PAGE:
Zookeepers Plead With Oregon Zoo To Prevent Killing Of Packy The 54-Year-Old Elephant


Euthanasia isn’t the zoo’s only option.

 The Oregon Zoo has a long, horrible history of mistreating their animals and claiming that the many deaths that have occurred there have stemmed from “unknown causes,” making their facility relatively infamous. One of their biggest—both literally and figuratively—attractions is Packy, the 54-year-old male Asian elephant that was born at the zoo in 1962 and is the oldest bull in North America. He has had a slew of health issues, the latest of which has the zoo wondering privately if he should be euthanized.

By:  Brianna Acuesta

This article first appeared at TrueActivist

While euthanizing Packy may seem like the humane, logical thing to do, his own zookeepers and animal advocates that have observed his condition all say the same thing: Packy displays no sign of his current illness, which is a recurring round of tuberculosis, and does not appear to be suffering from the disease. The Oregon Zoo recently made the decision to take Packy off of his medication for TB because they determined that his particular strain was antibiotic-resistant, but they have admitted on Facebook that Packy has never shown signs of suffering from the disease. In response to a question about his health, the Oregon Zoo’s Facebook said,

“Now that he’s no longer taking harsh TB medications, his day-to-day quality of life has improved and he’s more comfortable. While Packy still has active TB and is very old, he’s eating better, exploring, and is active. Zoo veterinarians are consulting with outside experts to determine available options.”

Credit: KPTV

A leak in the meetings to discuss these options revealed the zoo’s serious considerations in killing Packy, who also has arthritis and takes medication for it. Those who care for the elephant on a daily basis were horrified at this news and decided to start a Facebook page called Team Packy that urges citizens to get involved in saving Packy’s life by discouraging the zoo from euthanizing him.

Expert  Toni Frohoff, Ph.D., Elephant Scientist for In Defense of Animals, explained that what would actually occur is “zoothanasia.” Euthanasia is the practice of humanely putting down an animal because of their individual suffering, but zoothanasia is when breeding zoos kill animals that are considered excess because they are costly and not contributing to the program. Packy’s age and his treatments certainly put him into this category of killing.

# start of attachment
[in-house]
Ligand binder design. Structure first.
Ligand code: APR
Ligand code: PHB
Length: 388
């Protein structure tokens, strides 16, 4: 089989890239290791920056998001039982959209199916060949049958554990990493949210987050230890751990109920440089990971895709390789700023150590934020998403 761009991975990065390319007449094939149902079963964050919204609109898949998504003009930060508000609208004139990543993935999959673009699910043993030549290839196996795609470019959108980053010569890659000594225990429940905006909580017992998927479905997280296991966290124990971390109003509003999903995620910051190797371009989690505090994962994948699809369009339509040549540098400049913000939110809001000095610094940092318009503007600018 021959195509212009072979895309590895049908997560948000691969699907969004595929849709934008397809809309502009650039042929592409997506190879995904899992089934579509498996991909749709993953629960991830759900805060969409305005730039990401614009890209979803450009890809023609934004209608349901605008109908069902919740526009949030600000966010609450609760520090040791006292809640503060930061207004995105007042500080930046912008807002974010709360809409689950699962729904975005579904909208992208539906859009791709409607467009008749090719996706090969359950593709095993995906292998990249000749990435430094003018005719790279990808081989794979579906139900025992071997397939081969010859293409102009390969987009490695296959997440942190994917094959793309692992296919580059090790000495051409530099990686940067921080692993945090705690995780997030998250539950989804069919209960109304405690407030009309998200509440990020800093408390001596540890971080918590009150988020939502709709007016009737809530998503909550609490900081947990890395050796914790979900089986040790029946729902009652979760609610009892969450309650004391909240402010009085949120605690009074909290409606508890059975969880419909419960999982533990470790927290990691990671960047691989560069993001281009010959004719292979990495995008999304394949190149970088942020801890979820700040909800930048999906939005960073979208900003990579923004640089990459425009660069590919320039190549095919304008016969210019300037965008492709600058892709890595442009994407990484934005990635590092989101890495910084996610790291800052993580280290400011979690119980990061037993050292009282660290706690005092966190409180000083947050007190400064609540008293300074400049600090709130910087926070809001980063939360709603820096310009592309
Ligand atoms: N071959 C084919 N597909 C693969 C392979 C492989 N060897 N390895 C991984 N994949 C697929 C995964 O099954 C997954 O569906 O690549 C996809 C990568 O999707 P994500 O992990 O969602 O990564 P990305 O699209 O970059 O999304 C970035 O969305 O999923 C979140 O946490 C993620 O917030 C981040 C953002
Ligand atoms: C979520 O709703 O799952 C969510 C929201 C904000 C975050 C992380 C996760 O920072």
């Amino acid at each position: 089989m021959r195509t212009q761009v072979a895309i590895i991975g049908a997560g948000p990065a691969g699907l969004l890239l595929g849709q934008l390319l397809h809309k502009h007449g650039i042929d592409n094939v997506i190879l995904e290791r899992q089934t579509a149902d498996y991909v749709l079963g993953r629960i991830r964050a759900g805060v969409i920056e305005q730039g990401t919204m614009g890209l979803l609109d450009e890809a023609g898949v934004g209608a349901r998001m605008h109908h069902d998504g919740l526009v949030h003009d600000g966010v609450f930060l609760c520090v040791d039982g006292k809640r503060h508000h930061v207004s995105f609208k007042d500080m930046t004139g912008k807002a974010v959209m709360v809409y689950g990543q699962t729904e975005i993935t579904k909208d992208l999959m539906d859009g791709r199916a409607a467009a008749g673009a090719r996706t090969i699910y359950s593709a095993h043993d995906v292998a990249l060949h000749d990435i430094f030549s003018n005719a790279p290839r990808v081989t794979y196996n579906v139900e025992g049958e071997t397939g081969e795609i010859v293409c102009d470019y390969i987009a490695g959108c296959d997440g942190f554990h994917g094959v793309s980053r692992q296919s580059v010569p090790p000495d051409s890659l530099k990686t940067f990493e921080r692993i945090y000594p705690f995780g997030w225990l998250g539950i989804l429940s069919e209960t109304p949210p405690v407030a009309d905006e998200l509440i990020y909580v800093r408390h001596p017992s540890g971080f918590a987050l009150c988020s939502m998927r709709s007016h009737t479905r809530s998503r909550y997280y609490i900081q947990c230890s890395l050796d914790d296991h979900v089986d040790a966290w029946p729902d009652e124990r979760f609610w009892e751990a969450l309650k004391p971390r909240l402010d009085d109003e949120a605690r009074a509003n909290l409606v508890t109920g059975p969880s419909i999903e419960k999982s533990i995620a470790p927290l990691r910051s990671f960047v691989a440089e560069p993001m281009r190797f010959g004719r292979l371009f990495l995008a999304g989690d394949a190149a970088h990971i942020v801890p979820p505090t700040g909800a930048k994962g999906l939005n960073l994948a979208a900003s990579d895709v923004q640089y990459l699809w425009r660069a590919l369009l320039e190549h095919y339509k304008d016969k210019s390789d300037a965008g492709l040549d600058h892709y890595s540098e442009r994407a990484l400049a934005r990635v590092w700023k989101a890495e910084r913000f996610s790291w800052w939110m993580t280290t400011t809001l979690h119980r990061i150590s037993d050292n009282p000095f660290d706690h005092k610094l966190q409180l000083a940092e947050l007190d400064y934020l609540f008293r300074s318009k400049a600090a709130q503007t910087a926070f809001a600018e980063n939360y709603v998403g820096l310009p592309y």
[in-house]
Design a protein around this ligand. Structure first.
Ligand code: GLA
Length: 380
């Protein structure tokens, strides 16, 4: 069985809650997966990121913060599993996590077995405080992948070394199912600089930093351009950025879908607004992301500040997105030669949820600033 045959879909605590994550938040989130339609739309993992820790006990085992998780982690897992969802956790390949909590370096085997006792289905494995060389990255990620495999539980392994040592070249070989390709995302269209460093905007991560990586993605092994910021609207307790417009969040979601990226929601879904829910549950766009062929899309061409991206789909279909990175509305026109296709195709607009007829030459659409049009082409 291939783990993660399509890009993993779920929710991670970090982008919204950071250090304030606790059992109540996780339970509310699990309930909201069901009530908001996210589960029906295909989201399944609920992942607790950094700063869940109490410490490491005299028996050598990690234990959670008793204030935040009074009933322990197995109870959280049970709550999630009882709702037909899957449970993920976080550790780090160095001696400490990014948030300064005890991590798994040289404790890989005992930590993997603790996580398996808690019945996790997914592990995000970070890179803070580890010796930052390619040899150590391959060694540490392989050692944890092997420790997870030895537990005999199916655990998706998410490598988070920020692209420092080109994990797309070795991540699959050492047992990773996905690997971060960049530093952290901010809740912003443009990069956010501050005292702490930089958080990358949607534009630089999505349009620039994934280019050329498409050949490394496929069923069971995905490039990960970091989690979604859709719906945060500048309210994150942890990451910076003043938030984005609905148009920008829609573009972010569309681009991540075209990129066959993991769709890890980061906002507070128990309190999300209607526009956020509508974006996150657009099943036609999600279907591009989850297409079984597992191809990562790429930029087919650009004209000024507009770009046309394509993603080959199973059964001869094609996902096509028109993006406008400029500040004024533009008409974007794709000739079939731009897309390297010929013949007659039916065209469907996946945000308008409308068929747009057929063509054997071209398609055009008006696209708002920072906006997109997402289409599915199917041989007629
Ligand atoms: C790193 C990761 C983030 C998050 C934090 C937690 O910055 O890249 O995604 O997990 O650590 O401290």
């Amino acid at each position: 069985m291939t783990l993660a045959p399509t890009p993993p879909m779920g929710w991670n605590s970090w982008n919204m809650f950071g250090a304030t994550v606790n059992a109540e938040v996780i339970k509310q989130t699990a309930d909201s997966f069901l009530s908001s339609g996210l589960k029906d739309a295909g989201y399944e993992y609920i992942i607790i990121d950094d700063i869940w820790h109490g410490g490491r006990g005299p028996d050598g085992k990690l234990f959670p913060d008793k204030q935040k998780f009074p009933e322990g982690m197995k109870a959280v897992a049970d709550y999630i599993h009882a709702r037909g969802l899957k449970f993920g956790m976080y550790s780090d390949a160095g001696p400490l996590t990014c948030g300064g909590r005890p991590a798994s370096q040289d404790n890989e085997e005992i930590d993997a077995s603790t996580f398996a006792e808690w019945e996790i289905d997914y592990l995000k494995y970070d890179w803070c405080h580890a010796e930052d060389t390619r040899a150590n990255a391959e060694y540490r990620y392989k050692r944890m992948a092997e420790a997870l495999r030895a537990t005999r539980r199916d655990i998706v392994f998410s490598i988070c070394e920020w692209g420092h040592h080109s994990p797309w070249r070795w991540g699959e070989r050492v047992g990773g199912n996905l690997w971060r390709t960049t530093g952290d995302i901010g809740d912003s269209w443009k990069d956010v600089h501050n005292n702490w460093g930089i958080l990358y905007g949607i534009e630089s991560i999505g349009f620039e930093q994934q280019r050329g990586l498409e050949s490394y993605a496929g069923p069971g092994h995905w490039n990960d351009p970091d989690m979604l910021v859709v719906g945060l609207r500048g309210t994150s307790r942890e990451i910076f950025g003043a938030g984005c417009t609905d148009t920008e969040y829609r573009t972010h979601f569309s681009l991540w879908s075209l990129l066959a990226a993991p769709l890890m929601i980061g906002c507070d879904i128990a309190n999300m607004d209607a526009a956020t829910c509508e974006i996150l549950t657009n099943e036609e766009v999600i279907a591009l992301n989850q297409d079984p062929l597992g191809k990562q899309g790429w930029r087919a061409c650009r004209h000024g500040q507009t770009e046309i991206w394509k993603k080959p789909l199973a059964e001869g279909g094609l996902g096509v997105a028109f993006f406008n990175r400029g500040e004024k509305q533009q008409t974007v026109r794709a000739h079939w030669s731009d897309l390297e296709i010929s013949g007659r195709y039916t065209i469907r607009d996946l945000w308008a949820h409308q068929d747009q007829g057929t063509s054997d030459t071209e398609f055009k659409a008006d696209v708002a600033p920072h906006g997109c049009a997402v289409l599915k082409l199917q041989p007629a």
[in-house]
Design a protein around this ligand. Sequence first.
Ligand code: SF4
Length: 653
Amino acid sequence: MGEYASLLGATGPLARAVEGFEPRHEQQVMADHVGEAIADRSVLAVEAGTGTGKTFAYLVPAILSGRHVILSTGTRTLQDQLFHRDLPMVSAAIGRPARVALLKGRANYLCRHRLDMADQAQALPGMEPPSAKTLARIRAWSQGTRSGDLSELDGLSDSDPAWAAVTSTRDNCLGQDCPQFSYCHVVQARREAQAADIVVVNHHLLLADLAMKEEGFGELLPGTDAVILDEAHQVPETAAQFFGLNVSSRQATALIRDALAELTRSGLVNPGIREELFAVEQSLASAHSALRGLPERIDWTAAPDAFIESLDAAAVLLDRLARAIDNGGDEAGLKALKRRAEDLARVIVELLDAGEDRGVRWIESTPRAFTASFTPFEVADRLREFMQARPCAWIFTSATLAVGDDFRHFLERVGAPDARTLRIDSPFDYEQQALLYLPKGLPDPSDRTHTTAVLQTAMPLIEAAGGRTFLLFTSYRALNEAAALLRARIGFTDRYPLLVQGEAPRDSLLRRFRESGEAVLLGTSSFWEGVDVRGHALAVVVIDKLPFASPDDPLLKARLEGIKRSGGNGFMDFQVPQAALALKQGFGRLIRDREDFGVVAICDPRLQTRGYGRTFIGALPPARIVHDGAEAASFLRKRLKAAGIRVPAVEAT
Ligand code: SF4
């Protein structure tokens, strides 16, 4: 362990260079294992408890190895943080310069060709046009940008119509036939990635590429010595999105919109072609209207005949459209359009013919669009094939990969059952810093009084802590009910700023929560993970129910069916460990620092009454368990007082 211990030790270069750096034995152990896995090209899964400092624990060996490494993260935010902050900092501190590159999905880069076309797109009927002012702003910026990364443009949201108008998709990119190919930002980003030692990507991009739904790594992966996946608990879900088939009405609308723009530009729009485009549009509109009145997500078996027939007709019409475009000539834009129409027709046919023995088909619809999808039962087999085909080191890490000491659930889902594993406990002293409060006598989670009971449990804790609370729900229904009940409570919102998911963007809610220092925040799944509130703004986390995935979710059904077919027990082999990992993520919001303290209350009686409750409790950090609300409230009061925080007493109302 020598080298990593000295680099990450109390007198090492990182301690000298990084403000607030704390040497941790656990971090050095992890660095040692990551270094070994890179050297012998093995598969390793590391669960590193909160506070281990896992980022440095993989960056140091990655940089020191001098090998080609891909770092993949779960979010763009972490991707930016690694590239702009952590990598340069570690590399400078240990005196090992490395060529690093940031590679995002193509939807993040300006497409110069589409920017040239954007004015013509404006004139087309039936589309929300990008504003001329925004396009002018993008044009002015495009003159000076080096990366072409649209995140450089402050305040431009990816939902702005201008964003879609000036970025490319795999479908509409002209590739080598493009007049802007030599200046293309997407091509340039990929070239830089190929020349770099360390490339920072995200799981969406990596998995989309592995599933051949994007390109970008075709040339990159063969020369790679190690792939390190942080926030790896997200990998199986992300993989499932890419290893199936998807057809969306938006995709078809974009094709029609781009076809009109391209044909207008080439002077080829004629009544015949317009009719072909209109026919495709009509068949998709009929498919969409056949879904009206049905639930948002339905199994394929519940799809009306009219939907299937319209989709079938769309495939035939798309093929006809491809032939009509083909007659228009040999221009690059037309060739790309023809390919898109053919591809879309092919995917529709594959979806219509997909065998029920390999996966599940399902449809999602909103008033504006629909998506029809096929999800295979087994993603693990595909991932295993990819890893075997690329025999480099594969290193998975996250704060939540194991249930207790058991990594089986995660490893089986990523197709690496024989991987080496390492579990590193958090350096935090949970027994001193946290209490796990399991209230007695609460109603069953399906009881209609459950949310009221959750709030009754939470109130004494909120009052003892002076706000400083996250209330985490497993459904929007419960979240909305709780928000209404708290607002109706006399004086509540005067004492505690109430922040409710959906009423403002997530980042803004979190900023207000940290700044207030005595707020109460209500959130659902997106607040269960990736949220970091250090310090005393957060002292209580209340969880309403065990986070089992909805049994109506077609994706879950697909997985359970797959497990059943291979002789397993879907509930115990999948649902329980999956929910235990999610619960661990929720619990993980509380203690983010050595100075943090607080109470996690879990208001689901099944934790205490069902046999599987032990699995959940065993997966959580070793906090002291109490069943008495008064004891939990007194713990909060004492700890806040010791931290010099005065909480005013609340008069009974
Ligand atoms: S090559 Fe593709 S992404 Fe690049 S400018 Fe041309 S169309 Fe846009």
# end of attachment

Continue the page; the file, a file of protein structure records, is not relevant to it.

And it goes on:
Packy has been tested monthly for quality-of-life and reportedly passes with flying colors each time. That being said, even if his health was declining, death is not the only option for the zoo to consider. For years, animal advocates and elephant sanctuaries have been calling on the Oregon Zoo to release Packy so he can live out the rest of his life in peace with proper care. The zoo has thus far refused to give him up, likely because they don’t want to admit that Packy would be better off in someone else’s care.

Credit: KATU

The elephant, like many other animals at the Oregon Zoo, have led troubled lives that many say is reason enough to close the zoo altogether. Packy himself was forced to mate with both of his sisters, who produced four children total. Three of the four children died within 6 months of birth, either because of lack of proper care or complications from inbreeding. He has been isolated for much of his life, and has been diagnosed with TB several times.

The keepers want all citizens to send an email to the zoo to voice their opinion against the euthanasia and Frohoff from In Defense of Animals said this in a media release:

“In Defense of Animals is demanding that the Oregon Zoo immediately produce Packy’s clinical veterinary records, which would detail his actual health status. The Zoo is responsible for providing Packy with the best quality of life for as long as possible, and the only way to ensure that is through complete transparency and accountability to the public.” He added, “His keepers are arguing that he is not suffering, protocols are in place, and the keepers have requested few reasonable modifications to keep him from infecting others. If Packy is not suffering, he should not be killed.”

If you would like to email the zoo about Packy, you can find the email list here.

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